A recent Superior Court decision in Ottawa (in a case conducted by Bayne Sellar Boxall partner Mark Ertel) is a good example of how the analysis of mandatory minimum sentences plays out in Court [R. v. Laviolette, 2016 ONSC 782]. In that case, the offender was found guilty of touching a 15 year old girl for a sexual purpose. Section 151 of the Criminal Code prohibits that conduct. It is commonly known as “sexual interference.” Sexual interference covers a very wide range of conduct. In some cases sentences traditionally ranged from 0-90 days for less invasive, fleeting touching whereas lengthy penitentiary terms of 5 years and even more were imposed in more serious cases where the conduct was more intrusive and/or happens repeatedly over an extended period of time.
The Trial Judge in Laviolette decided that an appropriate jail sentence for the offender would be in the range of 9 months. While the mandatory minimum sentence of 12 months was disproportionate, the trial judge found that it was not grossly disproportionate. The Judge went on to find, however, that similar cases might attract jail sentences in the 60-90 day range. Those similar, decided cases were reasonable hypotheticals and the difference between 60-90 days and one year is grossly disproportionate.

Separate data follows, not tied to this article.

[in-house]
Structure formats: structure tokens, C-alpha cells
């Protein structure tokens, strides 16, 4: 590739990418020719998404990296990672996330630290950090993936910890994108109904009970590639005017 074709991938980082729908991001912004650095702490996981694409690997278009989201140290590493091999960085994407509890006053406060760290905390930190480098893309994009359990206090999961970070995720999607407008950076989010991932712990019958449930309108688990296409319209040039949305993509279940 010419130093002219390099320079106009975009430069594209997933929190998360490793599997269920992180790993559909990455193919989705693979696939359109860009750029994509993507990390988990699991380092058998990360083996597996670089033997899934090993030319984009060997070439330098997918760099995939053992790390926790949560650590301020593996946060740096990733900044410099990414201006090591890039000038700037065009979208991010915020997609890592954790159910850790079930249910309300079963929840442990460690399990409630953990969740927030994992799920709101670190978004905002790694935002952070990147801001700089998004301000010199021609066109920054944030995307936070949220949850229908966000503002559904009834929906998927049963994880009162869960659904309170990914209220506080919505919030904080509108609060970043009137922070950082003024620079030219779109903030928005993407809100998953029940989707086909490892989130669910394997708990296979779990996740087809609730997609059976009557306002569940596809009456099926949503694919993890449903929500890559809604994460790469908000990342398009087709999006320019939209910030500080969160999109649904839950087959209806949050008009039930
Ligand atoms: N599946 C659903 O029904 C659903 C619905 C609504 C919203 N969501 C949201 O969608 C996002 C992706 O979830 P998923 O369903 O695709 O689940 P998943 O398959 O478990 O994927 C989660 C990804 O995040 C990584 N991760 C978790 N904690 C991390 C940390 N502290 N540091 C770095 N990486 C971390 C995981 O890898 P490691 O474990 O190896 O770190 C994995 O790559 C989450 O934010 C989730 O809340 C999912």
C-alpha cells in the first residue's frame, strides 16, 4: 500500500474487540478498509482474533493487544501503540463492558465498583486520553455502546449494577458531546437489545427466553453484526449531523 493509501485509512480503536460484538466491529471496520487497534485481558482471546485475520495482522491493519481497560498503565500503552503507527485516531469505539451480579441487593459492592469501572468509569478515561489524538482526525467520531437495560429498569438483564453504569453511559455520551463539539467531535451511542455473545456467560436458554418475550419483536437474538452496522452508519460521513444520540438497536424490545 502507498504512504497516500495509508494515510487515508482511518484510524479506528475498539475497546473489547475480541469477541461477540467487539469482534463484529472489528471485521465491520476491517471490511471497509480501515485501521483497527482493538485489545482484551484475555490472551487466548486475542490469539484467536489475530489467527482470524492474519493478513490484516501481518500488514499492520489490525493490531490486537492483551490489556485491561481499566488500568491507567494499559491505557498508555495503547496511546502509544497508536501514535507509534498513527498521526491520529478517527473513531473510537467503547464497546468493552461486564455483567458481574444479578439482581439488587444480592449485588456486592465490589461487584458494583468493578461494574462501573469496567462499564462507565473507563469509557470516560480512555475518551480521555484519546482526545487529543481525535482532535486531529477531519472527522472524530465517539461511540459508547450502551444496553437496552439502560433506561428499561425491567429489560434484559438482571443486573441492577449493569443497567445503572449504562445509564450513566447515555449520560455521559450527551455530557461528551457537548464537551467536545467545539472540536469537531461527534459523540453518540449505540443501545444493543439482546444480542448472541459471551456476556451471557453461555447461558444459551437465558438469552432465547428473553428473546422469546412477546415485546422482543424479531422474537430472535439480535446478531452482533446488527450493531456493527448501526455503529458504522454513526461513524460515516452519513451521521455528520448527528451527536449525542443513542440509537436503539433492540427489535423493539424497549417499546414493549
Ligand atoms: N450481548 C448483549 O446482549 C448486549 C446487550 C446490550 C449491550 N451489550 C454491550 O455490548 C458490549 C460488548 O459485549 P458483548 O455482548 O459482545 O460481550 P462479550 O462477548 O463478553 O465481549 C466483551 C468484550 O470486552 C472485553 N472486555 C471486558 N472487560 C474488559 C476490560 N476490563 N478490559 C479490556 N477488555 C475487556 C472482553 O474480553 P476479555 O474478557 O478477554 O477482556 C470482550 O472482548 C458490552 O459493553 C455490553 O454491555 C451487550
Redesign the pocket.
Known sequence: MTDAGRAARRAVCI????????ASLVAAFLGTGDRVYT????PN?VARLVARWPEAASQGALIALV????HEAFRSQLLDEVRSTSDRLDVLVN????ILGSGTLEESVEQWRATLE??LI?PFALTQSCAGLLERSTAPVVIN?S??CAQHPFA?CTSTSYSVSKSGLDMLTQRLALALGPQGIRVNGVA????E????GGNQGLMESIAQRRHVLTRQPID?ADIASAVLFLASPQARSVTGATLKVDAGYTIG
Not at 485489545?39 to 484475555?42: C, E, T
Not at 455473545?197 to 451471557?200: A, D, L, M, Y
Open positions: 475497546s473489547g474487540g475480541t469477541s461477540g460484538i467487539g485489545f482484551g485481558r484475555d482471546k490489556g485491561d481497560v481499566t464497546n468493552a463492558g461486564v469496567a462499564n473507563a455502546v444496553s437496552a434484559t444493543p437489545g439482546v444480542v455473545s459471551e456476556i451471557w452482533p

The Crown argued that the mandatory minimum sentence was a reasonable limit. Reasonable limits require “proportionality.” It is hard to imagine how a provision found to be grossly disproportionate could be found to nevertheless be proportionate. The Judge found that he mandatory minimum sentence could not survive the constitutional attack and that the offender should be sentenced according to established sentencing principles.
The Trudeau government is reviewing all of the “tough on crime” legislation of the Harper government. Hopefully some or all of the mandatory minimum sentences will be repealed. They are, without question, vulnerable to constitutional attack, at great expense to the offender who challenges them and to the administration of justice, which has many other important matters to decide in the very scarce court time that is available.